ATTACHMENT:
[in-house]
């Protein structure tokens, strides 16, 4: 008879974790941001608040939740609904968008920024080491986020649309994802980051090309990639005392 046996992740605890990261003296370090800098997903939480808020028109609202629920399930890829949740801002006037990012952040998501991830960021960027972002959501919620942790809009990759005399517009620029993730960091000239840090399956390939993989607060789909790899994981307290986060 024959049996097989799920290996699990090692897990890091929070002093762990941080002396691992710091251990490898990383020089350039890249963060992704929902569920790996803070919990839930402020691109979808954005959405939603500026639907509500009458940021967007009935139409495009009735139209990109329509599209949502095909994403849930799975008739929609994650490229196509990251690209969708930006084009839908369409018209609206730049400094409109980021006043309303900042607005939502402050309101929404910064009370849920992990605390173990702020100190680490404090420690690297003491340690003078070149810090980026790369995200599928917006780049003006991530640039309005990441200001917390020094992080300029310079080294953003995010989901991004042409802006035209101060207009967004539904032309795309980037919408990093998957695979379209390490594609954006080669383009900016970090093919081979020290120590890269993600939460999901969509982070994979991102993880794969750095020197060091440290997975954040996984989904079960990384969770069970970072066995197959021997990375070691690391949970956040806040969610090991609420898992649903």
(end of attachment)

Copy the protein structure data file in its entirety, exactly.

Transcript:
[in-house]
């Protein structure tokens, strides 16, 4: 008879974790941001608040939740609904968008920024080491986020649309994802980051090309990639005392 046996992740605890990261003296370090800098997903939480808020028109609202629920399930890829949740801002006037990012952040998501991830960021960027972002959501919620942790809009990759005399517009620029993730960091000239840090399956390939993989607060789909790899994981307290986060 024959049996097989799920290996699990090692897990890091929070002093762990941080002396691992710091251990490898990383020089350039890249963060992704929902569920790996803070919990839930402020691109979808954005959405939603500026639907509500009458940021967007009935139409495009009735139209990109329509599209949502095909994403849930799975008739929609994650490229196509990251690209969708930006084009839908369409018209609206730049400094409109980021006043309303900042607005939502402050309101929404910064009370849920992990605390173990702020100190680490404090420690690297003491340690003078070149810090980026790369995200599928917006780049003006991530640039309005990441200001917390020094992080300029310079080294953003995010989901991004042409802006035209101060207009967004539904032309795309980037919408990093998957695979379209390490594609954006080669383009900016970090093919081979020290120590890269993600939460999901969509982070994979991102993880794969750095020197060091440290997975954040996984989904079960990384969770069970970072066995197959021997990375070691690391949970956040806040969610090991609420898992649903």